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Ajay Balachandran defines his identity by finding joy in multiple roles

Ajay Balachandran, a techie and writer from Kerala, has published a book Sreerama Geetha which is also going to be out in audio form. He talks to NewzHook about how he juggles so many interests with ease.

Ajay Balachandran is a man who dons many hats. Just 29 years old, Ajay is a poet, systems developer, data consultant and an administrative assistant. A quadriplegic, Ajay seems determined to defy any barrier and backing him in this endeavour is a his family.

Like most youngsters, Ajay had many dreams and ambitions for the future until life changed when he was 18. Ajay was studying for engineering at the time in Bengaluru. While going back home, he fell from the train. He lay unconscious on the tracks for a long time until someone passing by took note and informed authorities.

Life changed in an instant for Ajay. The next few months were spent at hospitals and therapy centres.

I did not know what being a quadriplegic is going to be like. Doctors told me that I will have to undergo regular physiotherapy sessions and nothing else was there to be done. I visited many hospitals in a short span of time looking out for better treatment but all the doctors said the same thing. Gradually, I synced into the fact. - Ajay Balachandran

The first few months were hard. "I used to cry everyday thinking about the fate that fell on me unexpectedly. But now, 10 years later, my body has definitely improved. I can move my hands and am able to do things independently.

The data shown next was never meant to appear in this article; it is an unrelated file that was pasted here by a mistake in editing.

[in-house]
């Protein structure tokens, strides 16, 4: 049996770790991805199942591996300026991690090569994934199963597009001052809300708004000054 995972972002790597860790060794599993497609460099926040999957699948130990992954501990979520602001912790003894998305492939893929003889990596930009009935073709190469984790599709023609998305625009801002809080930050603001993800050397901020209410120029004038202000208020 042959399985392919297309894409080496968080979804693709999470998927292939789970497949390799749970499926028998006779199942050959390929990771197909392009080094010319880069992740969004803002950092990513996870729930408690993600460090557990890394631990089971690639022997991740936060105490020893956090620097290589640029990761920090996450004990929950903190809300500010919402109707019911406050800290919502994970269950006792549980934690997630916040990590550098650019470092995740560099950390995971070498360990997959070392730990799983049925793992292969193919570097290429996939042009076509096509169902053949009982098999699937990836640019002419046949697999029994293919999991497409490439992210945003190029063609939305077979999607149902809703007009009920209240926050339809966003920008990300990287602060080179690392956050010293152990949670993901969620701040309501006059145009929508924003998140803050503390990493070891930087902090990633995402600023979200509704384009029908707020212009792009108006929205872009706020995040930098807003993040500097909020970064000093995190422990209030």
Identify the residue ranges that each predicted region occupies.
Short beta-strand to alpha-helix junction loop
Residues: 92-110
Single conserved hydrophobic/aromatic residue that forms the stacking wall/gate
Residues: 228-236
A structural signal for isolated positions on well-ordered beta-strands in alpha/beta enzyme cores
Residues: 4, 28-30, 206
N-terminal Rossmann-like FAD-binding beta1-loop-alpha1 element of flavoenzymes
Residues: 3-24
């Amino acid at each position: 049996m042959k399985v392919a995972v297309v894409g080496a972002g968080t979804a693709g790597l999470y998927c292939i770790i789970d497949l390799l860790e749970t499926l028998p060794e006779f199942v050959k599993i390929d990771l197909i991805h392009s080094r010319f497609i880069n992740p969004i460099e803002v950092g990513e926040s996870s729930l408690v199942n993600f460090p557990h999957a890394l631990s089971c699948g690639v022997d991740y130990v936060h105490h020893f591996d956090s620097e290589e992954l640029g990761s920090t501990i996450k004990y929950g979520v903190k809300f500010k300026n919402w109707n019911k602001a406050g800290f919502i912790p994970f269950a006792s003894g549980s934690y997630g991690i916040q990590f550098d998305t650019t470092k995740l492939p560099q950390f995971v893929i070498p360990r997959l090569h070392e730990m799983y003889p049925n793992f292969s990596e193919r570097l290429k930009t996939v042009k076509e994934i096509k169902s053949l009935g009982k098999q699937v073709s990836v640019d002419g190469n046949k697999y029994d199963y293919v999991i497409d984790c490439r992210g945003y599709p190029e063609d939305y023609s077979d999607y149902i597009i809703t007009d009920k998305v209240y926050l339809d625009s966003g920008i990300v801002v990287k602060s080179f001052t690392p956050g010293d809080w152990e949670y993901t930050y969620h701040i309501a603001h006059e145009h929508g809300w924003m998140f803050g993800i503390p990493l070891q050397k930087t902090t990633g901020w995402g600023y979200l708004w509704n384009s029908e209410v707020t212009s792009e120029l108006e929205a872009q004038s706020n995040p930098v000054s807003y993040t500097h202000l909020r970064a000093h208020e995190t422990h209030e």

Ajay's family, consisting of his mother, sister, and grandmother stood by him through thick and thin. His father, who passed away recently, ensured Ajay never gave up. He also met many people with disabilities. One of them, Madhu, inspired Ajay to look at life with a new vision. Ajay ventured into the world of literature. In poetry, he found a poweful means of expressing himself.

He recently published a book, Sreerama Geetha, which has verses from the Ramayana. "I used to read the Ramayana after my accident and there were parts that inspired me. I brought all those parts together to publish a book, which I hope to release in audio form soon.

Ajay still struggles with his hand movements and wants to work on a device that will help him improve that. There is a device called Continuous Passive Motion (CPM) that helps with a similar problem in the legs. Ajay hopes to introduce this for hands so it can help people.

Ajay finds time to engage in community activities too. He recently participated in a programme organised by the National Institute of Speech and Hearing. He also wants to promote Boccia, a game for people with disabilities, in Kerala and is working with the Ekta Foundation to do that.

"I realised that there is no point in staying sad or depressed in life. The happier you are, the better, says Ajay. "Laugh as much as you can because it does wonders. If you don't find a reason to laugh, still try and laugh.

His mother, Jayshree Balachandran is happy to see the old spark returning to her son's eyes. "Ajay was such an energetic youngster brimming with happiness. So when the accident happened, we were all shocked and sad. But now, over course of time, he has improved and is becoming independent. Seeing this gives me immense happiness.

Jayashree Balachandran, Ajay's mother.

ALSO READ: Anjali Sunny beat all odds to pursue her dreams & love for art

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